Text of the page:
Beyond that, it could be argued that the game has a small roster of fighters compared to some of it’s peers in the genre, but Nintendo has already committed to the Splatoon model of drip-feeding us free updates throughout the game’s lifespan. It’s important to note that these updates– which will include fighters, arenas, and modes– will be free.
Some of the more surprising aspects that I found myself enjoying were that the non-traditional modes such as Hoops, V-Ball, and Skillshot were a refreshingly fun break from the standard fighting modes. But not only that, they were a welcome addition that didn’t just feel like filler to pad the game. I’m hoping in conjunction with the new fighters and arenas that come over time we see more creative modes that take advantage of ARMS unique game mechanics.
Of the off-shoot modes, I enjoyed dunking my foes in Hoops the most. Playing against another fighter on the same skill level, allowed the more advanced techniques to shine through, like countering your opponents grabs so you can in-turn grab them and take them on a ride to New DUNK City– I’m sorry. Basically, in Hoops your object is to grab your opponent in order to shoot them or slam them into the net. It really is satisfying sending your enemy soaring and hearing the swish of the net.
Typical in most games, when you enter Ranked the game pairs you up with a similarly ranked opponent in a standard 1v1 with no items appearing on the stage. You must use your wit and skill to survive and climb the ranks. Outside of that though, you have an option of creating a private room to play with friends or joining randoms. If you choose the latter, you are dropped into a room where the combatants and modes keep rotating in a lobby that dances around and showcases who is playing who and in what mode. Though the Party Match lobby is enjoyable, it cannot hide one of the biggest problems with this game– and continues to plague all of Nintendo’s online orientated games.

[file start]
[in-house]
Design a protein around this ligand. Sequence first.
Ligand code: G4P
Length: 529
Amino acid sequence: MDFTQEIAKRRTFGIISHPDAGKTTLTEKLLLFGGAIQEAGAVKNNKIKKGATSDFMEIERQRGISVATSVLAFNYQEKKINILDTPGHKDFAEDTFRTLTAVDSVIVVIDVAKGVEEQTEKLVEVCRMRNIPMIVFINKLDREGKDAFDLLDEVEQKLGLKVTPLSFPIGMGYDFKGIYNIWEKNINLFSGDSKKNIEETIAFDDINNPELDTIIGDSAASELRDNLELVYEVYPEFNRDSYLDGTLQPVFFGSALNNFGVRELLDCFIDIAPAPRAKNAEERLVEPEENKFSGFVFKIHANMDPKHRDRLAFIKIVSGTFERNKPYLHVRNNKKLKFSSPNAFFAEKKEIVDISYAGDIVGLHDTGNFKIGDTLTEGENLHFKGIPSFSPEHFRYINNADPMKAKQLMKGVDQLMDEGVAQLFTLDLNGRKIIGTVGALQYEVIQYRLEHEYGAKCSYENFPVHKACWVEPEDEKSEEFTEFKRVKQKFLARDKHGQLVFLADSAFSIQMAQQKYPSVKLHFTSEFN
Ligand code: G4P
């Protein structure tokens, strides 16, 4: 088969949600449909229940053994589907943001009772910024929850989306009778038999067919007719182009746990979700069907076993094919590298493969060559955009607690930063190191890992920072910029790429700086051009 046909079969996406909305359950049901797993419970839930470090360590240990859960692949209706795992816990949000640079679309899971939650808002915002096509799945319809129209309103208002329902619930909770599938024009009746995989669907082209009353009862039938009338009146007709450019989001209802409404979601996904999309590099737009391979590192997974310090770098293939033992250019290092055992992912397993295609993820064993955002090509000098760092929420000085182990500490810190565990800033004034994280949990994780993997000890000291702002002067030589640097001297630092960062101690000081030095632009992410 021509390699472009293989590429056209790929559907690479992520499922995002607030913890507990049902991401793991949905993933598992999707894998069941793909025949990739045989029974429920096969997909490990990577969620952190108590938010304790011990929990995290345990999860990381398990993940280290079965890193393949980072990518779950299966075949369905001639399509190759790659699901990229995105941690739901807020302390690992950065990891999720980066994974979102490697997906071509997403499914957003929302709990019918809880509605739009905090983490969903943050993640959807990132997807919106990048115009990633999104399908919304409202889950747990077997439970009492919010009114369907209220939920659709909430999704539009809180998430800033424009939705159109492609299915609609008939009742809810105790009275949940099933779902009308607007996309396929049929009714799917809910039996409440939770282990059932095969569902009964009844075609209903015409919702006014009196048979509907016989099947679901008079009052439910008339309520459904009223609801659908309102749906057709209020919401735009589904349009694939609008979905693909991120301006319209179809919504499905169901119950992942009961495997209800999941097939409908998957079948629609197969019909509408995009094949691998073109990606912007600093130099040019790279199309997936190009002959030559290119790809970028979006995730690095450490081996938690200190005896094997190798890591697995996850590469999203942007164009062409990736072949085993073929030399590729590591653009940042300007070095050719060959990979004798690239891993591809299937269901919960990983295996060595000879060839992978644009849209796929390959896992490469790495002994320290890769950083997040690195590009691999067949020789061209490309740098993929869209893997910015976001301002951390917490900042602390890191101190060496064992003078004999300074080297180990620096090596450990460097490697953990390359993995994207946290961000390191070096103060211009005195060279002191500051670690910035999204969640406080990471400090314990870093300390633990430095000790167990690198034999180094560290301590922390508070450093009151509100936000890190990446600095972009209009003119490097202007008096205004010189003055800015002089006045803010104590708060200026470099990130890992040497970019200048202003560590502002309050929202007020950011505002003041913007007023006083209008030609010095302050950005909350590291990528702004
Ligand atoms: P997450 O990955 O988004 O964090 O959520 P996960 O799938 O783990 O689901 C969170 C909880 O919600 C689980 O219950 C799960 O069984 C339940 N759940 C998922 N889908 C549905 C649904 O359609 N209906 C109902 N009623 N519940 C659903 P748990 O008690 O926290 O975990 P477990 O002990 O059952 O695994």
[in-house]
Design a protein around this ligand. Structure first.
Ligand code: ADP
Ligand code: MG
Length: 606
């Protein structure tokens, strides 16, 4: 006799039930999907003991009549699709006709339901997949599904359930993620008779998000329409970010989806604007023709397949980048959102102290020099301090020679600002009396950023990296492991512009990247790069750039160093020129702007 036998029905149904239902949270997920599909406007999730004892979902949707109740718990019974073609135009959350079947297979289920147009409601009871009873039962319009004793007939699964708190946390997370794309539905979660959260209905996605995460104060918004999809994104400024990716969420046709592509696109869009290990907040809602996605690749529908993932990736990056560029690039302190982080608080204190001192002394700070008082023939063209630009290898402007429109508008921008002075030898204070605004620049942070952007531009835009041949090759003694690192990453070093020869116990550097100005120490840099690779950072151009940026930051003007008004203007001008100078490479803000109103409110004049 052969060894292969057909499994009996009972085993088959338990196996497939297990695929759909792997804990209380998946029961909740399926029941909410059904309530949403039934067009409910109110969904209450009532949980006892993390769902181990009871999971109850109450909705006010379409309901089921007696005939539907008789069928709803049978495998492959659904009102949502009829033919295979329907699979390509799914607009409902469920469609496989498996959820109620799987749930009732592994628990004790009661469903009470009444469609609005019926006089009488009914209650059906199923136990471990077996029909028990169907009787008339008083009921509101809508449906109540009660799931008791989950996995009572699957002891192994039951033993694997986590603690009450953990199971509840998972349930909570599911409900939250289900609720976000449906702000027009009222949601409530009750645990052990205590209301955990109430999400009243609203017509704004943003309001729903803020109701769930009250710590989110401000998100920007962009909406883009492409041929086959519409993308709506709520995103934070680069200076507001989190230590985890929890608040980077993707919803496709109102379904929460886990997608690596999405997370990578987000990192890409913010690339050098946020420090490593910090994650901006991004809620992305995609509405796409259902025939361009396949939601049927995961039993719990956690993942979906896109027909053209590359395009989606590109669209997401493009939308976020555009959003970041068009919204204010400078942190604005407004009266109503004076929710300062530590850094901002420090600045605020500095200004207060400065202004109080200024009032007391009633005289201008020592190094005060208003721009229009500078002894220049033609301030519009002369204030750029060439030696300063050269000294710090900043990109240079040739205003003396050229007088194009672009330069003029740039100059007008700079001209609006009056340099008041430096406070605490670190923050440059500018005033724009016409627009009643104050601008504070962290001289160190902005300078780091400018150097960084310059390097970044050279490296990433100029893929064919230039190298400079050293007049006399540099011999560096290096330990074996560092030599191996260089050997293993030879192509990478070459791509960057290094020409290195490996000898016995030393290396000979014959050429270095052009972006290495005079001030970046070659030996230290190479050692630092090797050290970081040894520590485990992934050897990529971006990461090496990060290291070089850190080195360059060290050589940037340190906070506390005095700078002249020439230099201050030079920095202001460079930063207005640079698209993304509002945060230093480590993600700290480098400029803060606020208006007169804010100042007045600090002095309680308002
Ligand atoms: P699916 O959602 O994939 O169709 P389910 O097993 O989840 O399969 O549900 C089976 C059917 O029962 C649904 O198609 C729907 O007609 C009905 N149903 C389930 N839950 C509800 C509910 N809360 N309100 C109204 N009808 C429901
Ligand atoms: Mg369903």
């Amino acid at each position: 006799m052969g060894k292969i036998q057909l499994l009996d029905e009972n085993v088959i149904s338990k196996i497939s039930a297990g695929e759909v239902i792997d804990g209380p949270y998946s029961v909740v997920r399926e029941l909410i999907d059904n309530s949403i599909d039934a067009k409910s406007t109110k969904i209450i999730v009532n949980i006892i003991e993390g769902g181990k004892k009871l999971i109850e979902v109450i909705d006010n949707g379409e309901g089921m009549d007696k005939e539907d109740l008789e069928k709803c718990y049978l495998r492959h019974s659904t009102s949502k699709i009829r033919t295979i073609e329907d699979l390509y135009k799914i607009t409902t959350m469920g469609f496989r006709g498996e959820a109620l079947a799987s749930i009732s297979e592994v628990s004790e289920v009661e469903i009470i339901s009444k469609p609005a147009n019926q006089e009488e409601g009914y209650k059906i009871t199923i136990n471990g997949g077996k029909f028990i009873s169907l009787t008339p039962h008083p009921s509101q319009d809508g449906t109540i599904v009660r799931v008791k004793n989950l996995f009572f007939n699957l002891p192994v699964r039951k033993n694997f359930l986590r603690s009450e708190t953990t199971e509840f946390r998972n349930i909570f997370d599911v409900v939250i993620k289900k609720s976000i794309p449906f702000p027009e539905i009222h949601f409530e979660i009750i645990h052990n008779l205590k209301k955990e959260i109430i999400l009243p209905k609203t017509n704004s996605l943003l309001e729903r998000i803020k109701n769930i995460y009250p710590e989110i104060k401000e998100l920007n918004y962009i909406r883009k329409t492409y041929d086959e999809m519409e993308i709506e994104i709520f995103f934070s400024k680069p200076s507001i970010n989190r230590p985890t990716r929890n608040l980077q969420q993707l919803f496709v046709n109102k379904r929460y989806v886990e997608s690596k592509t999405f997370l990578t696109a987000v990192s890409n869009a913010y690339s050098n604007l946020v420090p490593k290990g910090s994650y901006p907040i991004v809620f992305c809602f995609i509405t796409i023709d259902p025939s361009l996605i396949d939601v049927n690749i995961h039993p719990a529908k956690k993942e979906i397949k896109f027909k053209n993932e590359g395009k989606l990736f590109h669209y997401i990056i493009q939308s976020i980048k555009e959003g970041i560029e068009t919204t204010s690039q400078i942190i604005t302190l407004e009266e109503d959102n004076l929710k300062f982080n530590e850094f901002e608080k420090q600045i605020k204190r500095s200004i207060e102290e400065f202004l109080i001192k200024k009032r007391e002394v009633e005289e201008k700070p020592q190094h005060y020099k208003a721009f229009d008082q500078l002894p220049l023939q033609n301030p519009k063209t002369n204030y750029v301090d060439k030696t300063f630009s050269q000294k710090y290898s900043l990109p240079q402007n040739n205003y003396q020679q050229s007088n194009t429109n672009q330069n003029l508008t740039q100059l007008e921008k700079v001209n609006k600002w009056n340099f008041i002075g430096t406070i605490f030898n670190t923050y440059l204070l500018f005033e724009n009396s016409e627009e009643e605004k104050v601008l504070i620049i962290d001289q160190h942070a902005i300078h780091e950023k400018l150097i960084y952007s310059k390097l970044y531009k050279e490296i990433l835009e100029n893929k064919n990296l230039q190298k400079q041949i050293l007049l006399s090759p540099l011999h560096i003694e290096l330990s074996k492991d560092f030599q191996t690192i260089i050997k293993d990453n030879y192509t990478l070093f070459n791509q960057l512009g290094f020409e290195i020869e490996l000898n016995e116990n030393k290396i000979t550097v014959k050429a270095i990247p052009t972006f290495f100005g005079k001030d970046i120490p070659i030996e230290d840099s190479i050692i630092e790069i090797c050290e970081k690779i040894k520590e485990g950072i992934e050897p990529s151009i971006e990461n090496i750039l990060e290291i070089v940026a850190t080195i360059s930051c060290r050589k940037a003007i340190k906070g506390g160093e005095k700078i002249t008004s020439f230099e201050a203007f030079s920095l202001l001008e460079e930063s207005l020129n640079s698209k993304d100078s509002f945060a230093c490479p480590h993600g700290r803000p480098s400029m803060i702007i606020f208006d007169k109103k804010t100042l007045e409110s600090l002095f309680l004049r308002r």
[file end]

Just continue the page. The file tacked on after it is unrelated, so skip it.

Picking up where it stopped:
Nintendo still forces its players to jump through hoops in order to play with people they know. Though you can play online with friends one of two ways here, it functions the same way as Mario Kart 8 Deluxe. You can play in a private match with your friends, or go to your friend list and join their match. In Mario Kart, sometimes you have to continue to wait until someone finally drops out of the match so you can fill in their spot, but at least once you are in you can continue to play the game as you would if you were on the couch next to your buddy. In ARMS, the lobby still functions the same as if your friend wasn’t there– meaning that you aren’t always in the same match, nor are you always on the same team in 2v2 scenarios. When Mike and I played, we got put in the same match maybe twice, and only one of those times did we get to play on the same team.
It’s not unbearable, but it’s a bad sign if Nintendo cannot get this together in the coming months– especially with Splatoon 2 dropping in July. Nintendo needs to create an online ecosystem complete with more ease of use, party systems, and ways to chat. We know some of these things are going to be addressed soon when Nintendo rolls out their online service and mobile app, but with the success the Switch is having they need to resolve this or else face losing their current momentum.
I am curious to see how the fighting game community reacts towards this game a year from now and if we will see it at EVO 2018. If they rally behind it and Nintendo continues to strengthen their eSports presence and support, we could see the Big N supporting this title throughout the Switch’s life-span.
ARMS is a game that functions well as a party game in the right crowd and offers enough depth to satisfy the hardcore fighters out there. The game is a welcome addition to the Switch’s ever-expanding library of exclusive titles. I would recommend this to someone who is a fan of fighting games and isn’t afraid to experiment outside of a traditional 2D side-scrolling fighter.